History of South Africa

Landschaft in Südafrika

Since primeval time, South Africa had been the land of the Khoikhoi and the Bush People, the hunters of the Savannah. Between 200 and 600 BC, the Bantu People invaded the south. The Bantu People were farmers and cattle breeders, who built settlements and worked the lands. They usurped the natives. Their iron spears were superior to the arrows of the Bush People. However, a similar fate was imminent for the Bantu People, when European settlers invaded South Africa. The guns of the Europeans were superior to the iron spears of the Zulu people. 

European Navigators explore Africa

Jan van Riebeecks Ankunft am Kap, gemalt von Charles Bell

In the 15th century, European discoverers came ashore the southern coasts of Africa. The Portuguese Bartolomeu Dias was the first to explore the coastal area. In 1487, he anchored on the Walvis Bay, In 1652, the Dutchman Jan van Riebeeck entered South Africa’s grounds. At the Cape of Good Hope, he founded a supply post for the ships of the Dutch East India Company. Along with the traders, the first settlers also came from the Netherlands. They were farmers and called themselves Boers. They believed that the African land was God’s gift to them. Since then, for more than three and a half centuries, suspiciousness and violence prevailed between the black peoples and the white settlers.

The Colonisation of South Africa

Zulu Krieger greifen Trekburen an (c) Gemälde von Charles Bell 1838

The Dutch settlers expelled the black peoples and occupied the fertile land to the southwest. They named the territory the Cape Region. Mid 19th century, the Brits found their way into South Africa. They fought two wars against the Boers and conquered the Cape Region. The Boers had to yield. On the Great Trek they moved northwards, into the territory of the black pastoral tribes. The Zulu and the Xhosa attacked them and killed many white settlers. The colonists struck back and took revenge. They forced the attackers into slavery. On the left picture you see zulu worriors attacking Aafricans on the trek.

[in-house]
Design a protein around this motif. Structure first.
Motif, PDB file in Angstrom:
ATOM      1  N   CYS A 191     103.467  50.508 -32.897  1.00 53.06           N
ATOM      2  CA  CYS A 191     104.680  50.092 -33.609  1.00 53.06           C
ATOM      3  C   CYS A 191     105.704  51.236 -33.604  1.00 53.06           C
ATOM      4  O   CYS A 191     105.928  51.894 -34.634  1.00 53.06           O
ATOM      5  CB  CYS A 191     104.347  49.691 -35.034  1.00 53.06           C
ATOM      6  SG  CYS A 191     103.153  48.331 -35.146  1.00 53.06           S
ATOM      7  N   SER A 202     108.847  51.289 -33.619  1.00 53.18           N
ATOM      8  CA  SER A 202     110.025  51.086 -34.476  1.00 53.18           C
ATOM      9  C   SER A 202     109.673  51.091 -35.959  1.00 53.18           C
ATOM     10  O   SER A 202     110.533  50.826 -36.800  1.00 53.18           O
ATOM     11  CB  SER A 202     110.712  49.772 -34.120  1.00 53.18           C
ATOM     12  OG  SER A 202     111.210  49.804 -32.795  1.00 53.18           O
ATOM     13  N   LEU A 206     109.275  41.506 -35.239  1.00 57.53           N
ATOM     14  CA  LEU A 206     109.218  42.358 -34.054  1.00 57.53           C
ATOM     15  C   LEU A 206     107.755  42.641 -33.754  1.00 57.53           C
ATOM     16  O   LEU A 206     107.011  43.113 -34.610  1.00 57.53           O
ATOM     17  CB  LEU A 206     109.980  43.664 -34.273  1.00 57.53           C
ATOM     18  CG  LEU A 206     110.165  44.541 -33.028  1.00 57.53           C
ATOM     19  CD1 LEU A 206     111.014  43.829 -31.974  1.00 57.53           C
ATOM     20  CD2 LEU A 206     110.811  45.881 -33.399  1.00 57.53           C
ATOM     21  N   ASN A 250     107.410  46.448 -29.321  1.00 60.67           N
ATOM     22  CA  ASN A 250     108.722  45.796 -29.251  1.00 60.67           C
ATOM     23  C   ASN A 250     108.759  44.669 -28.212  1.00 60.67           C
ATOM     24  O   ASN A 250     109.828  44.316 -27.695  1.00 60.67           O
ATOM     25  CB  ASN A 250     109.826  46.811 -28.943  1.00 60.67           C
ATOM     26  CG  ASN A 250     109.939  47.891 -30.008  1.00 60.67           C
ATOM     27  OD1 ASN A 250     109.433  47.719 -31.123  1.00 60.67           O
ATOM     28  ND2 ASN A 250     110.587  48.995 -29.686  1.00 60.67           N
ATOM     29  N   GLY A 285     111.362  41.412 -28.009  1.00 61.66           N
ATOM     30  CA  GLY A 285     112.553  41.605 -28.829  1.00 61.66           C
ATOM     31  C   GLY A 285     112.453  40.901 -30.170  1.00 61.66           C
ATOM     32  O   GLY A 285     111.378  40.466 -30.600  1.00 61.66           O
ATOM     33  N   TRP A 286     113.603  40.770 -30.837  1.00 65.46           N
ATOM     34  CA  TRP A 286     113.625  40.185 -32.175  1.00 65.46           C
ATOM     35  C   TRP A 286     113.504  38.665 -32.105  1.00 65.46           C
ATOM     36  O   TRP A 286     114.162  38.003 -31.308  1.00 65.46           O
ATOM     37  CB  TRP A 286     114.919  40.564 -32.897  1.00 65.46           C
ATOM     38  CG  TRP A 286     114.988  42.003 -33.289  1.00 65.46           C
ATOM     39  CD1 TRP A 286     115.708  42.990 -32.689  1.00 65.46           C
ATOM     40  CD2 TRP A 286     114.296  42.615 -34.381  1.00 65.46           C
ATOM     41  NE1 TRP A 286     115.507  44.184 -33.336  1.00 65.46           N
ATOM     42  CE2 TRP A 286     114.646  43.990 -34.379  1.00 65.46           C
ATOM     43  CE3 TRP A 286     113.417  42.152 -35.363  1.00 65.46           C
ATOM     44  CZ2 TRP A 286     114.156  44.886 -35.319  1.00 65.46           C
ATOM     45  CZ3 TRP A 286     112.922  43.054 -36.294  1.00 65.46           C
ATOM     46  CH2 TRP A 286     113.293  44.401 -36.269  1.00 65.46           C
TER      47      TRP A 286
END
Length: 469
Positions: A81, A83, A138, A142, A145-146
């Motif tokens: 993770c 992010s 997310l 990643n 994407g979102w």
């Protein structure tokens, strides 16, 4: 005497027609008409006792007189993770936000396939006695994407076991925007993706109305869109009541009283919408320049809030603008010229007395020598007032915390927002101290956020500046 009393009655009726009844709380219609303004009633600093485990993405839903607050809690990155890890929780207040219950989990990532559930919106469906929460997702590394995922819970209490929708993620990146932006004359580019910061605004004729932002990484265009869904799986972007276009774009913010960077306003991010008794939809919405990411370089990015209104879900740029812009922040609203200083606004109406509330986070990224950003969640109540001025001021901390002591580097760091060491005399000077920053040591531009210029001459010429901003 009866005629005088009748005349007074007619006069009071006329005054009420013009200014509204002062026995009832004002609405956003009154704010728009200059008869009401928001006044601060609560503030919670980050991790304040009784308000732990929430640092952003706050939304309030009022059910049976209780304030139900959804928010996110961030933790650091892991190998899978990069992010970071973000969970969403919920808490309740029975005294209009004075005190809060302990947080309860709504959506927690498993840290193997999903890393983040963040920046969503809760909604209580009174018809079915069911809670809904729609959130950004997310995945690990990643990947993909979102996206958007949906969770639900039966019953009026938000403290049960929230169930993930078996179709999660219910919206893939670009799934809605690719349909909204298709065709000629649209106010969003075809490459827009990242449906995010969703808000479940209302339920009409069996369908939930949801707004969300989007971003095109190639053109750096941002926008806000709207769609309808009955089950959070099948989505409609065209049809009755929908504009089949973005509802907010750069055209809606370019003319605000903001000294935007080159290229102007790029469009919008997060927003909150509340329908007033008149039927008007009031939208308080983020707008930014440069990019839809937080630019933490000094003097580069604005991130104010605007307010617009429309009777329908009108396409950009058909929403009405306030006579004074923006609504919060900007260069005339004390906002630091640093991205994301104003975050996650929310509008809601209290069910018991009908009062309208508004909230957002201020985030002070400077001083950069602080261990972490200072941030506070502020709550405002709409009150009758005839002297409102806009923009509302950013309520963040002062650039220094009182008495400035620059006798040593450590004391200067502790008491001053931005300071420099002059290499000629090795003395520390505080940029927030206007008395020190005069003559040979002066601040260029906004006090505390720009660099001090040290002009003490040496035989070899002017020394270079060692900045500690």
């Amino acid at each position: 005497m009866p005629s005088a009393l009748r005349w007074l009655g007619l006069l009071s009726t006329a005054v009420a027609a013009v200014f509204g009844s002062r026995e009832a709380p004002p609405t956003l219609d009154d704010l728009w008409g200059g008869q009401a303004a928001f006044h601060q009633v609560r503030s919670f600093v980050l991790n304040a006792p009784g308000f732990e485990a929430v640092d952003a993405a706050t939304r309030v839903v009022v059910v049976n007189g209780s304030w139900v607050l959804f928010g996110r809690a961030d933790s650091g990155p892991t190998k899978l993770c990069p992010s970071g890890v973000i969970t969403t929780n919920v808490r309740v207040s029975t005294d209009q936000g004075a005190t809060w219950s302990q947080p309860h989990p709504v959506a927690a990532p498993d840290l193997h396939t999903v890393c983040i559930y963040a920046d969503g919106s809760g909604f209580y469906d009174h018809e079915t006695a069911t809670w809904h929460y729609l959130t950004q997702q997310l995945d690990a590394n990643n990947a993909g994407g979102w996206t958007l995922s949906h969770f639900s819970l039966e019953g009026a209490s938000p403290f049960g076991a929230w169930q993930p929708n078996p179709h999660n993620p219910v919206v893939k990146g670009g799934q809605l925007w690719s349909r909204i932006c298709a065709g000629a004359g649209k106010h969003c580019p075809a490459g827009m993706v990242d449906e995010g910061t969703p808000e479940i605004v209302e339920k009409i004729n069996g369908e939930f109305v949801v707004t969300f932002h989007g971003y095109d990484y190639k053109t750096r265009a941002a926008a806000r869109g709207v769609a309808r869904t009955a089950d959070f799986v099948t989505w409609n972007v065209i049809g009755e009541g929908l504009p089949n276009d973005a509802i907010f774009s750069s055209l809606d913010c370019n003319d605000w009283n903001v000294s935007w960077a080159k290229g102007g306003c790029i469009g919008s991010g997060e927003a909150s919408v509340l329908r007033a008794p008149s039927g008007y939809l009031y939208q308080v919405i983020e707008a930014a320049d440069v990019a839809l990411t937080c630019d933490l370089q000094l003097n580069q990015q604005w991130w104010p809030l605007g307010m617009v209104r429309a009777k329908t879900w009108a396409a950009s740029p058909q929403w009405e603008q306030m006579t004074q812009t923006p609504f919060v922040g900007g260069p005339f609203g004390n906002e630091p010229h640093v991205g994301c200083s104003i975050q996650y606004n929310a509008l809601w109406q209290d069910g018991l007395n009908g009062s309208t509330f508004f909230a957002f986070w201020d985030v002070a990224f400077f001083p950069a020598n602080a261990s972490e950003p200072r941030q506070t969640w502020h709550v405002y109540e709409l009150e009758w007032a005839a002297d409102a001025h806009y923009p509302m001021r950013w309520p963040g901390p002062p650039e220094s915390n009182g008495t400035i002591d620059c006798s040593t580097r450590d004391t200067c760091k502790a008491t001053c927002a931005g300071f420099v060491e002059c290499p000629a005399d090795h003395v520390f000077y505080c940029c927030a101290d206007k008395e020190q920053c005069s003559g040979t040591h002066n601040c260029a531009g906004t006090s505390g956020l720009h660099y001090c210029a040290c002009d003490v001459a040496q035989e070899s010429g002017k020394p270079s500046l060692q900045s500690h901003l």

The Zulu Wars

Shaka Zulu in Kriegermontur (c) Stich von 1824

The black peoples had no common plan. Every tribe had to defend himself against the European intruders. Among these tribes were the Xhosa, the Zulu and the Ndebele. The most famous warrior was Shaka Zulu. He built up a powerful army and subjected other tribes. That way, in the 19th century, he made the Zulu the predominant tribe in the South. His mighty kingdom even became a threat to the British armies. Shaka won a number of fights against the white intruders, since his battle plans were clever and bold. However, in the long run, his weapons were inferior to the modern guns of the Brits. Droughts and famines deteriorated the strength of his armies. In this way, the Brits were able to gain the upper hand. They killed the leaders of the African realms or imprisoned them. Afterwards, in 1881, they could declare the whole of South Africa as their colony and were thus able to exploit the rich diamond and gold mines of the country. On the right you see Shaka Zulu in his uniform.

The rise and fall of Apartheid

Junge hinter Gittern (c) wikispacesRacial segregation began, when the Brits declared South Africa their colony.